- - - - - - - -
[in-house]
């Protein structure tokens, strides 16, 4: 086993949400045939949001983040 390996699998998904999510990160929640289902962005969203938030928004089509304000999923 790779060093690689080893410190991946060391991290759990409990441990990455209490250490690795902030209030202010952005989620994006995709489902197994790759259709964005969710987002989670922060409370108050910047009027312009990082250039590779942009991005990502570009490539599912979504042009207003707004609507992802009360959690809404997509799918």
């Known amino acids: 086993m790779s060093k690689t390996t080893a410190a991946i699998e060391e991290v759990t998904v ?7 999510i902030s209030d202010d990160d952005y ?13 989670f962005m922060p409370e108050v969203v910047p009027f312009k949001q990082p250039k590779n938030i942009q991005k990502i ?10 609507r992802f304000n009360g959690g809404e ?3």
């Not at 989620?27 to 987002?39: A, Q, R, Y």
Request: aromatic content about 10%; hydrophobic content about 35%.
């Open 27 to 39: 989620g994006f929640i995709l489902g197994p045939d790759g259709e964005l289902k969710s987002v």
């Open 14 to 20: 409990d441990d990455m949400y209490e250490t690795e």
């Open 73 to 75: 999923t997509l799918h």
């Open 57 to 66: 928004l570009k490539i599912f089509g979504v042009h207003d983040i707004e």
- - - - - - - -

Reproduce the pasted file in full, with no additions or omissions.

[in-house]
């Protein structure tokens, strides 16, 4: 086993949400045939949001983040 390996699998998904999510990160929640289902962005969203938030928004089509304000999923 790779060093690689080893410190991946060391991290759990409990441990990455209490250490690795902030209030202010952005989620994006995709489902197994790759259709964005969710987002989670922060409370108050910047009027312009990082250039590779942009991005990502570009490539599912979504042009207003707004609507992802009360959690809404997509799918």
């Known amino acids: 086993m790779s060093k690689t390996t080893a410190a991946i699998e060391e991290v759990t998904v ?7 999510i902030s209030d202010d990160d952005y ?13 989670f962005m922060p409370e108050v969203v910047p009027f312009k949001q990082p250039k590779n938030i942009q991005k990502i ?10 609507r992802f304000n009360g959690g809404e ?3």
């Not at 989620?27 to 987002?39: A, Q, R, Y």
Request: aromatic content about 10%; hydrophobic content about 35%.
């Open 27 to 39: 989620g994006f929640i995709l489902g197994p045939d790759g259709e964005l289902k969710s987002v």
């Open 14 to 20: 409990d441990d990455m949400y209490e250490t690795e």
């Open 73 to 75: 999923t997509l799918h």
């Open 57 to 66: 928004l570009k490539i599912f089509g979504v042009h207003d983040i707004e």